Peers forced to prove how popular they are

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Indy Politics

Members of the House of Lords face an unwelcome popularity test because new rules will force them to publicly declare the names and financial interests of their friends.

Many fear the privacy of their social circles is in jeopardy because a new code of conduct, pushed through by the Government this week, requires them to 'out' neighbours, school friends and dining partners.

Some peers, including Lady Park, the Tory peer and former diplomat, say they have too many friends to register but some cross-bench peers are proposing to send in lists of people they cannot count as friends.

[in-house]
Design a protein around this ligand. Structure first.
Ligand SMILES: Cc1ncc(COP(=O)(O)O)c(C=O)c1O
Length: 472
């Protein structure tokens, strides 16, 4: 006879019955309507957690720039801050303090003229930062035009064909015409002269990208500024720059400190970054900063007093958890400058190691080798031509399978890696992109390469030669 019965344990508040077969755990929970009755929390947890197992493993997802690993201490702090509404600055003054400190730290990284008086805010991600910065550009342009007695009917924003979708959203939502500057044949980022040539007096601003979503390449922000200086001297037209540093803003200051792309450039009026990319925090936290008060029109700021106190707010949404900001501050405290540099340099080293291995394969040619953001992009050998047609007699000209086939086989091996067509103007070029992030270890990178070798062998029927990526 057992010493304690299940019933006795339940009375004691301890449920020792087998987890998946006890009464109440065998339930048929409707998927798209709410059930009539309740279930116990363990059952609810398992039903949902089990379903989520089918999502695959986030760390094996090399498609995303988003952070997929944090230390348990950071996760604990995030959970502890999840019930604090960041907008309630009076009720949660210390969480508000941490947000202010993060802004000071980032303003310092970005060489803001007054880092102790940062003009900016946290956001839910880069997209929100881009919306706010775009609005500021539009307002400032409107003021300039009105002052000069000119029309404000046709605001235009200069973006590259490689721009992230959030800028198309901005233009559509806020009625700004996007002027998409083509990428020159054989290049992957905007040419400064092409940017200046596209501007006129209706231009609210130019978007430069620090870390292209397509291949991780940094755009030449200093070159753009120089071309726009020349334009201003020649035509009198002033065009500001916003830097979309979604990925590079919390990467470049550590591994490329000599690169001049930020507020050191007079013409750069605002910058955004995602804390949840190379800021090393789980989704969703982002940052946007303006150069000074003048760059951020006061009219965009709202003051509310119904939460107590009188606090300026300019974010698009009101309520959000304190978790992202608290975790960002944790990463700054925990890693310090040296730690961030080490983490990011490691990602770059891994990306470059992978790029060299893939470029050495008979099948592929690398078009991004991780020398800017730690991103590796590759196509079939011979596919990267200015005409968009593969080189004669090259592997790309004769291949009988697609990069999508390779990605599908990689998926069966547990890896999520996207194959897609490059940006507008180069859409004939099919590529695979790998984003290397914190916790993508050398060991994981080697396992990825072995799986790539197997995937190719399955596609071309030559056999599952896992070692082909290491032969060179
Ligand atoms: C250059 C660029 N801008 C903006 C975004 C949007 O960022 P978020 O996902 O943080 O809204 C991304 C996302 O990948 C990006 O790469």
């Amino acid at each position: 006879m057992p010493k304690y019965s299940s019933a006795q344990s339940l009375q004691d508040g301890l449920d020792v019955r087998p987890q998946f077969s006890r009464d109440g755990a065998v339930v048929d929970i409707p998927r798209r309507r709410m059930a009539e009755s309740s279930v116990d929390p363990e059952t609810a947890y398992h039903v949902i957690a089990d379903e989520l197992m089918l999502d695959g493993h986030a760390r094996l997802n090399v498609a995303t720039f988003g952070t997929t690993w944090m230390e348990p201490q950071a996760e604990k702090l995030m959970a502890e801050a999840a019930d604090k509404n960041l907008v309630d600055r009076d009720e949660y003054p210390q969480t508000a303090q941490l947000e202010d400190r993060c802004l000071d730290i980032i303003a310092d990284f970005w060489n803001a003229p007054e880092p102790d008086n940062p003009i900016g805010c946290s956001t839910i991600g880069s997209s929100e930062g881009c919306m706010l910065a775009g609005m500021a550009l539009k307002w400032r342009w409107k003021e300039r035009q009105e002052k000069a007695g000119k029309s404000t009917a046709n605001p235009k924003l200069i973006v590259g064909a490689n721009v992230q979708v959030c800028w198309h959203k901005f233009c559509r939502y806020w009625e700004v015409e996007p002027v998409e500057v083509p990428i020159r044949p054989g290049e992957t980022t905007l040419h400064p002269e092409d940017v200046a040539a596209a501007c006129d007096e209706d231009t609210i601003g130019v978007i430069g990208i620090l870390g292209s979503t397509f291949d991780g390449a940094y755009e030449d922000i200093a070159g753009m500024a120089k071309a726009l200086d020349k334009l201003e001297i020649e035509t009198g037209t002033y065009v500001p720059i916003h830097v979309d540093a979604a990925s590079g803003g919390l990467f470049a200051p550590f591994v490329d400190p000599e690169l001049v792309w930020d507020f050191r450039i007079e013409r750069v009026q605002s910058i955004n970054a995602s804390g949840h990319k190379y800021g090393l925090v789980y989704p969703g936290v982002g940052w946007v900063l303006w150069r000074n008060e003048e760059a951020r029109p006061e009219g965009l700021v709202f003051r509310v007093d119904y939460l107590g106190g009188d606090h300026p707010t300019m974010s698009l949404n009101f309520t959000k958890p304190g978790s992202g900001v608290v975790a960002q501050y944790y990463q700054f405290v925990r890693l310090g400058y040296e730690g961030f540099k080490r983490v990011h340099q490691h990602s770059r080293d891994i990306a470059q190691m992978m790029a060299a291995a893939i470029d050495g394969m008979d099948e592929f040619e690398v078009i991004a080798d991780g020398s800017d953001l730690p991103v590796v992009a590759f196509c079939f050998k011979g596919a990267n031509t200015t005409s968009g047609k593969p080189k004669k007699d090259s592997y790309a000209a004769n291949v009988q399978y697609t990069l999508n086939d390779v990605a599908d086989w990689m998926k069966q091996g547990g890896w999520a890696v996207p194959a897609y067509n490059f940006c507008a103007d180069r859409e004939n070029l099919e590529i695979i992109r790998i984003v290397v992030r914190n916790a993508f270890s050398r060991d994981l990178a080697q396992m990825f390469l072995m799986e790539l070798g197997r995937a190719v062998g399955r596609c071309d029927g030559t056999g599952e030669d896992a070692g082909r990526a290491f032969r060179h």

Lady Park said: "I was a diplomat for 30 years and have lots of friends from that world. A lot of my graduates still write to me and become close friends. All these areas produce new circles of friends. I have no idea what shares my friends hold. You don't sit down and solemnly say to them 'What are your business interests?"

Lord Strathclyde, the Tory leader in the Lords, said the code penalised popular peers. He said: "If you have no friends and no relatives and not many interests you seem to be ideal for the House of Lords."

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